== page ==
You’ve gotta love when Easter falls in nutrition month! (yes, it’s still nutrition month)
It means I get to write a rant blog about videos that saturated fat-shame our favourite Easter candy!
Just when we thought the nutrition world was getting over singling out and villainizing single nutritional properties of food, we get something like this to throw our collective arms up to. “So saturated fat is bad again then? I thought it was good now, or at least not as bad as it used to be… Does that mean eggs are bad again, too?”
In the spirit of nutrition month, let’s breakdown this video a bit. It takes our favourite easter candies and compares their saturated fat content to that of other taboo foods.
Thinking about eating a Lindt milk chocolate bunny? Why not eat 2 Big Macs instead?!
17 Mini Eggs? If it’s saturated fat you’re after, why not try 2.5 Tim Hortons chocolate dip doughnuts?
Cadbury Creme Egg? You could eat 72 Lays original chips!
10 foil wrapped chocolate eggs? Reach for a Venti Starbucks vanilla bean frappuccino with whole milk and whip cream instead!
13 jelly beans? No saturated fat! Yes, we can eat those! But wait, they have 28g of sugar. You could eat an entire pack of mini Oreos if sugar is what you’re after.
It’s wrong on so many levels.
1) I don’t think anyone is eating Easter candies and writing them off as health food.
2) We choose to eat these particular sources of saturated fat (and sugar, if jelly beans are your thing) because they are Eastery to us (Whether you’re celebrating the resurrection or squabbling about Easter vs Ishtar). 72 Lays Original Chips, satisfying as they might be, just don’t get us in the Easter mood.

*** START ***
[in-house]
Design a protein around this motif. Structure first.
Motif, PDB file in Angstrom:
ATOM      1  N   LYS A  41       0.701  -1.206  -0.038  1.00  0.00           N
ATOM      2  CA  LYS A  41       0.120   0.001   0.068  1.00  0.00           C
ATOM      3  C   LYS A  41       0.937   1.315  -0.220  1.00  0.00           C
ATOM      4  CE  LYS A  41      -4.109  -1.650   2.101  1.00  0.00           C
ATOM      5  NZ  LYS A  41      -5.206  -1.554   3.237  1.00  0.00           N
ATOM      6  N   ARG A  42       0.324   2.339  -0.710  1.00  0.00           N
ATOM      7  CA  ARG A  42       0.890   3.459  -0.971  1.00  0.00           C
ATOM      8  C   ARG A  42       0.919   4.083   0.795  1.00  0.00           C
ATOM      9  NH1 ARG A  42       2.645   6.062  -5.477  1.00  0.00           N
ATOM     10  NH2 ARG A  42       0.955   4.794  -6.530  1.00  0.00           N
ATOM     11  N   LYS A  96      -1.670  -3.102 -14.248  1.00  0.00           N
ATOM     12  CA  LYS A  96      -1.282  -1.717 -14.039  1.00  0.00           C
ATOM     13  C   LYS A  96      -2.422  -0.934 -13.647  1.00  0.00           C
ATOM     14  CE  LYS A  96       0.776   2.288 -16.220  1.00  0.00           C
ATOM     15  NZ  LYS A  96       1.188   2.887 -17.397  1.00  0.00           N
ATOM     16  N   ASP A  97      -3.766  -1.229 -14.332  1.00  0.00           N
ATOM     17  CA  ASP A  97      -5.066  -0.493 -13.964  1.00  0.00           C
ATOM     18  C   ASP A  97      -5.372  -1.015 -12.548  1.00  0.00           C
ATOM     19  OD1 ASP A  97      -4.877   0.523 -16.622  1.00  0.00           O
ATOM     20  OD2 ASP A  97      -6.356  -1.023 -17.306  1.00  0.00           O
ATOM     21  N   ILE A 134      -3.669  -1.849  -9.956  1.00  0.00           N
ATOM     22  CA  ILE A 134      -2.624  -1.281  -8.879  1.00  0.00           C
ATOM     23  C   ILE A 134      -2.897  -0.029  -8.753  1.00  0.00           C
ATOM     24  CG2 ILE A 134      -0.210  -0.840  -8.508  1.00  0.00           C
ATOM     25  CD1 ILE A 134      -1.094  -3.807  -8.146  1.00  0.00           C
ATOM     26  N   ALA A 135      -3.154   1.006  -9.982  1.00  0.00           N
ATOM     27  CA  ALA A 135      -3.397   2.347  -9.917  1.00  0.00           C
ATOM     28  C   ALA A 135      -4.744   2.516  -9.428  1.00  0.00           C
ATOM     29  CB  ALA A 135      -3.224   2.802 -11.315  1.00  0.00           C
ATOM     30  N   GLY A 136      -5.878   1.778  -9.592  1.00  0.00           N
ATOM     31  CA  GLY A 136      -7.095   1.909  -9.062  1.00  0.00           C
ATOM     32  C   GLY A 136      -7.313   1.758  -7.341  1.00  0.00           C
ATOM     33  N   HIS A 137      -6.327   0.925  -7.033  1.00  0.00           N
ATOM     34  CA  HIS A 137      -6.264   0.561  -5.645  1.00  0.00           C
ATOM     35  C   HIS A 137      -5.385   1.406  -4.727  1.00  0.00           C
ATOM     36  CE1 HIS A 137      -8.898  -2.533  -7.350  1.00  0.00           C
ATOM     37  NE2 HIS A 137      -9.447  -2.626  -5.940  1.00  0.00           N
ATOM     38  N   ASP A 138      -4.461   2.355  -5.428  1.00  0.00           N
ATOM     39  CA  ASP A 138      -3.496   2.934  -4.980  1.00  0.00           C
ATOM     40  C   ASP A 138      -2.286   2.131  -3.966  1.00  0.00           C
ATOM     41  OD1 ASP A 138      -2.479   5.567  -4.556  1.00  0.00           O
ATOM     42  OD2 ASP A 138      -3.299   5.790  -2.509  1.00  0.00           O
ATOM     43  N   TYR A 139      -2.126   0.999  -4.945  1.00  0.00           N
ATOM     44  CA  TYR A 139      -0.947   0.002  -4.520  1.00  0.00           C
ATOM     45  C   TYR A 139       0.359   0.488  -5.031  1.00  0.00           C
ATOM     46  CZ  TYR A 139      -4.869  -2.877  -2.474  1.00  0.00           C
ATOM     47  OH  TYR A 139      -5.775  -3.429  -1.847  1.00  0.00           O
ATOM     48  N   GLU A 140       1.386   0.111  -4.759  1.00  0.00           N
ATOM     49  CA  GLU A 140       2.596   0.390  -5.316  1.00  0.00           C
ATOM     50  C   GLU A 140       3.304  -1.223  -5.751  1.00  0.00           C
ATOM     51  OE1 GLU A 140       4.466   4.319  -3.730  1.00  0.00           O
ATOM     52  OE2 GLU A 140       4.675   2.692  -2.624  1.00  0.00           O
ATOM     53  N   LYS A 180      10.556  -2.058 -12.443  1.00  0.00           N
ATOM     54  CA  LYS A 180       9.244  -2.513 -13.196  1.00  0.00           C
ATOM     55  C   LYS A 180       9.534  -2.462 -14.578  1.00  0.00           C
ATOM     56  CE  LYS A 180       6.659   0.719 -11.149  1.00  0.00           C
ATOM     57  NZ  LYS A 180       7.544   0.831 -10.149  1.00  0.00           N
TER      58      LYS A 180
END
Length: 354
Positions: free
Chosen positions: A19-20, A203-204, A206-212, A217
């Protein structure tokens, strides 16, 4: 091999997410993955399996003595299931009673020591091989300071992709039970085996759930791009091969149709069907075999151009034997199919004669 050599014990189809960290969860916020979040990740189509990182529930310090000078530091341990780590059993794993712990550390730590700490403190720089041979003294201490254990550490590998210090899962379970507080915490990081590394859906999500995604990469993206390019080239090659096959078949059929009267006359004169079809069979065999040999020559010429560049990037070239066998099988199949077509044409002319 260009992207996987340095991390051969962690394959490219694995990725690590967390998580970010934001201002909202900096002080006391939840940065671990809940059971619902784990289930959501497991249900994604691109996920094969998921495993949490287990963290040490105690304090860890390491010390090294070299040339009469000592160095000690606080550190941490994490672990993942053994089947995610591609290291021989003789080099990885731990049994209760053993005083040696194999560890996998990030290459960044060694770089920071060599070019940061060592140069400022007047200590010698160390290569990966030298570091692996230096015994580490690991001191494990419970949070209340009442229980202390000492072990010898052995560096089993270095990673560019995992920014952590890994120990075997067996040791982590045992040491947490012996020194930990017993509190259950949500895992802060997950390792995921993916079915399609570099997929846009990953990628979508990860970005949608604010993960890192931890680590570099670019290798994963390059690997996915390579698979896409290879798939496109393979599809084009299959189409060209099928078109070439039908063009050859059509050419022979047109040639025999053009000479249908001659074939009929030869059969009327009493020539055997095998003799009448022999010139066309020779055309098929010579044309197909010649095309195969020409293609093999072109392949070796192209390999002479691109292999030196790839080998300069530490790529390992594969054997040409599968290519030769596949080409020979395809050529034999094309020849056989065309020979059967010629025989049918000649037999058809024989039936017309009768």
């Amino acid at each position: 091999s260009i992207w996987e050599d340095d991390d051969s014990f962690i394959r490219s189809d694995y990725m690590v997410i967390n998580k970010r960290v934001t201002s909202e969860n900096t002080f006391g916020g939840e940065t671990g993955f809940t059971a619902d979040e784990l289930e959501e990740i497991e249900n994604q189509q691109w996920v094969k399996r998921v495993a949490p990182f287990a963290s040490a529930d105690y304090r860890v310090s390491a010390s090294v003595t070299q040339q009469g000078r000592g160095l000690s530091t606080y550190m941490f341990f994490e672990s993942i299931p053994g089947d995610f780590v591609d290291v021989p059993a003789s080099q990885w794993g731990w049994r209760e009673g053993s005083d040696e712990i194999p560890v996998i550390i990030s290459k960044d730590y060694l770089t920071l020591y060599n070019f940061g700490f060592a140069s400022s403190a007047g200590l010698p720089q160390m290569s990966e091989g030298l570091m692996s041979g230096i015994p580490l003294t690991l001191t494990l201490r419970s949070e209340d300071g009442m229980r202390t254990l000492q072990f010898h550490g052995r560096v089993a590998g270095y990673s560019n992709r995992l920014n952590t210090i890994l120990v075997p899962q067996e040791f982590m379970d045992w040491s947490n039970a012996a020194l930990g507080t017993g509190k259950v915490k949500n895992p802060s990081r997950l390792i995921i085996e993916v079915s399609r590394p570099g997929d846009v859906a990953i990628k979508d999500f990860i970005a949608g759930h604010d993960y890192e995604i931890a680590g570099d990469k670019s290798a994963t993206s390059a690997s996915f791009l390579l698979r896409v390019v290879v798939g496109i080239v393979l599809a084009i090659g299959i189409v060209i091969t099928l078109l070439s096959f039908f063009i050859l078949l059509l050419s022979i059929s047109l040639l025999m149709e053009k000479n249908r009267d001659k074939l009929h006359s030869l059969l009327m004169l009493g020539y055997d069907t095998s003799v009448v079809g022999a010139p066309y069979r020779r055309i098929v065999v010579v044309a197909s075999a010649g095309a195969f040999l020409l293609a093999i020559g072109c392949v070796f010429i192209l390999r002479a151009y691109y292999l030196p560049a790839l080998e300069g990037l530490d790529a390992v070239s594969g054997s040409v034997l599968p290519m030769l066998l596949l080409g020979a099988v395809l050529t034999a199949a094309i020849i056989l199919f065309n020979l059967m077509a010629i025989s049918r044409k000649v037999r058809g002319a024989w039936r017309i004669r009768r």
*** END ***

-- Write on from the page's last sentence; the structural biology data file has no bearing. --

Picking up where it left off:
3) There are fewer calories in every single example of Easter candy than in the food they are compared to.
100g Lindt bunny: 540 calories…2 Big Macs: 1126 calories
17 Mini Eggs: 200 calories…2.5 Tim Hortons chocolate dip donuts: 505 calories
Cadbury Creme Egg: 170 calories…40 Lays Original Chips: 423 calories.1
10 foil wrapped chocolate eggs: 285 calories…Venti Starbucks vanilla bean Frappuccino with whole milk and whip cream: 490 calories.
13 jelly beans: 140 calories…18 mini Oreos: 298 calories.
So how do we choose? Do we choose more saturated fat or more calories? Mini eggs or doughtnuts? It’s a false dichotomy; we don’t need to choose. Instead, we can recognize that eating any of the foods in the video may or may not support us in maintaining or improving our health. You could even eat mini eggs and doughnuts and be healthy.
Will eating a 100g Lindt bunny give you a heart attack or make you fat or less fit or less healthy than if you ate 2 Big Macs? Or if you ate nothing at all? Maybe. Maybe not. It’s impossible to say. Individual food choices can’t be judged independently. It’s more important to look at them in the context of your nutritional day, or week.
Eating 17 mini eggs here and there is most likely not going to have adverse health effects if the majority of your diet is nutritious and balanced. Even if it wasn’t nutritious and balanced, you wouldn’t be able to say that it’s the mini eggs that caused an adverse health effect. If the big picture looks good, a few pixels of mini eggs won’t spoil it. If the big picture looks bad, a few pixels of mini eggs won’t be noticeable amongst the rest of the crappy picture. In that case, the whole picture would benefit from a change in eating habits, not just the few pixels of mini eggs.
The Bottom Line: if you like to eat Easter themed chocolate and jelly beans, enjoy some! If you’re also interested in improving or maintaining your health, make sure that you eat other things this weekend as well. If you’re not sure what else to eat, we’d be happy to help you learn to make health supporting choices.
1-the video had 72 chips, but the Lays nutrition info I found claimed 4 g of saturated fat per 40 chips.